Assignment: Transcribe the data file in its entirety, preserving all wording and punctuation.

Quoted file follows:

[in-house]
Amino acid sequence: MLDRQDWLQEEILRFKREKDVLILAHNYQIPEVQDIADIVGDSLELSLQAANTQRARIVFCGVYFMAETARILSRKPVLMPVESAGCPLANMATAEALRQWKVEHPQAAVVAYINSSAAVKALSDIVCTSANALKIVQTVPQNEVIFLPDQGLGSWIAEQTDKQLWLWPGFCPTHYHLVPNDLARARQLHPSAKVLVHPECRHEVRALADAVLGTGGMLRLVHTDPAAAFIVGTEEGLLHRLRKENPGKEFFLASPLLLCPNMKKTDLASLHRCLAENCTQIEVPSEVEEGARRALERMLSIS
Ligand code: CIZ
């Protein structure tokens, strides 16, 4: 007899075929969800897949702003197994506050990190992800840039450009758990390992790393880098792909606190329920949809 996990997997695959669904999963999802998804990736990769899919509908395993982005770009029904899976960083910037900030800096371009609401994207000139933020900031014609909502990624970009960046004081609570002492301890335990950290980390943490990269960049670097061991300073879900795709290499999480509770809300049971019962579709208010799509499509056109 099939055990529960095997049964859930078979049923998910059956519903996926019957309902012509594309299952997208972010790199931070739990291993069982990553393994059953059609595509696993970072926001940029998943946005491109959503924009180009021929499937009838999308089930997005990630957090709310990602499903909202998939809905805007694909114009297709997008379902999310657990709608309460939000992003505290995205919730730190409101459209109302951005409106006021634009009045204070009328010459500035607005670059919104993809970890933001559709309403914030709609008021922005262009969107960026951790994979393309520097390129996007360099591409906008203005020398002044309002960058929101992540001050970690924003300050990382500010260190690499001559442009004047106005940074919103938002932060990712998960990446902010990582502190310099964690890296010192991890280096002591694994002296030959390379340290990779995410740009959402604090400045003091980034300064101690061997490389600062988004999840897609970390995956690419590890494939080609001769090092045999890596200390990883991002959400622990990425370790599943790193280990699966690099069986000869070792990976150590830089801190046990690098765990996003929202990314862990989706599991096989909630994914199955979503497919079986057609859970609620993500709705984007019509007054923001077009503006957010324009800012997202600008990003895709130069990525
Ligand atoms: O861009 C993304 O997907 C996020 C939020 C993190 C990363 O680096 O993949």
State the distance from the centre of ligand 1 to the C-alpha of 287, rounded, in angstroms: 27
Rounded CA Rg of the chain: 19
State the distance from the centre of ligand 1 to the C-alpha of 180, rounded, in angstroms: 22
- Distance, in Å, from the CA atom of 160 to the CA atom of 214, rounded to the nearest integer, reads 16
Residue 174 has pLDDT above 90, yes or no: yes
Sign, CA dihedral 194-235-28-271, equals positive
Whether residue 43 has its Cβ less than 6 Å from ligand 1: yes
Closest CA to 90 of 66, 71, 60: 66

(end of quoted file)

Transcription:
[in-house]
Amino acid sequence: MLDRQDWLQEEILRFKREKDVLILAHNYQIPEVQDIADIVGDSLELSLQAANTQRARIVFCGVYFMAETARILSRKPVLMPVESAGCPLANMATAEALRQWKVEHPQAAVVAYINSSAAVKALSDIVCTSANALKIVQTVPQNEVIFLPDQGLGSWIAEQTDKQLWLWPGFCPTHYHLVPNDLARARQLHPSAKVLVHPECRHEVRALADAVLGTGGMLRLVHTDPAAAFIVGTEEGLLHRLRKENPGKEFFLASPLLLCPNMKKTDLASLHRCLAENCTQIEVPSEVEEGARRALERMLSIS
Ligand code: CIZ
């Protein structure tokens, strides 16, 4: 007899075929969800897949702003197994506050990190992800840039450009758990390992790393880098792909606190329920949809 996990997997695959669904999963999802998804990736990769899919509908395993982005770009029904899976960083910037900030800096371009609401994207000139933020900031014609909502990624970009960046004081609570002492301890335990950290980390943490990269960049670097061991300073879900795709290499999480509770809300049971019962579709208010799509499509056109 099939055990529960095997049964859930078979049923998910059956519903996926019957309902012509594309299952997208972010790199931070739990291993069982990553393994059953059609595509696993970072926001940029998943946005491109959503924009180009021929499937009838999308089930997005990630957090709310990602499903909202998939809905805007694909114009297709997008379902999310657990709608309460939000992003505290995205919730730190409101459209109302951005409106006021634009009045204070009328010459500035607005670059919104993809970890933001559709309403914030709609008021922005262009969107960026951790994979393309520097390129996007360099591409906008203005020398002044309002960058929101992540001050970690924003300050990382500010260190690499001559442009004047106005940074919103938002932060990712998960990446902010990582502190310099964690890296010192991890280096002591694994002296030959390379340290990779995410740009959402604090400045003091980034300064101690061997490389600062988004999840897609970390995956690419590890494939080609001769090092045999890596200390990883991002959400622990990425370790599943790193280990699966690099069986000869070792990976150590830089801190046990690098765990996003929202990314862990989706599991096989909630994914199955979503497919079986057609859970609620993500709705984007019509007054923001077009503006957010324009800012997202600008990003895709130069990525
Ligand atoms: O861009 C993304 O997907 C996020 C939020 C993190 C990363 O680096 O993949």
State the distance from the centre of ligand 1 to the C-alpha of 287, rounded, in angstroms: 27
Rounded CA Rg of the chain: 19
State the distance from the centre of ligand 1 to the C-alpha of 180, rounded, in angstroms: 22
- Distance, in Å, from the CA atom of 160 to the CA atom of 214, rounded to the nearest integer, reads 16
Residue 174 has pLDDT above 90, yes or no: yes
Sign, CA dihedral 194-235-28-271, equals positive
Whether residue 43 has its Cβ less than 6 Å from ligand 1: yes
Closest CA to 90 of 66, 71, 60: 66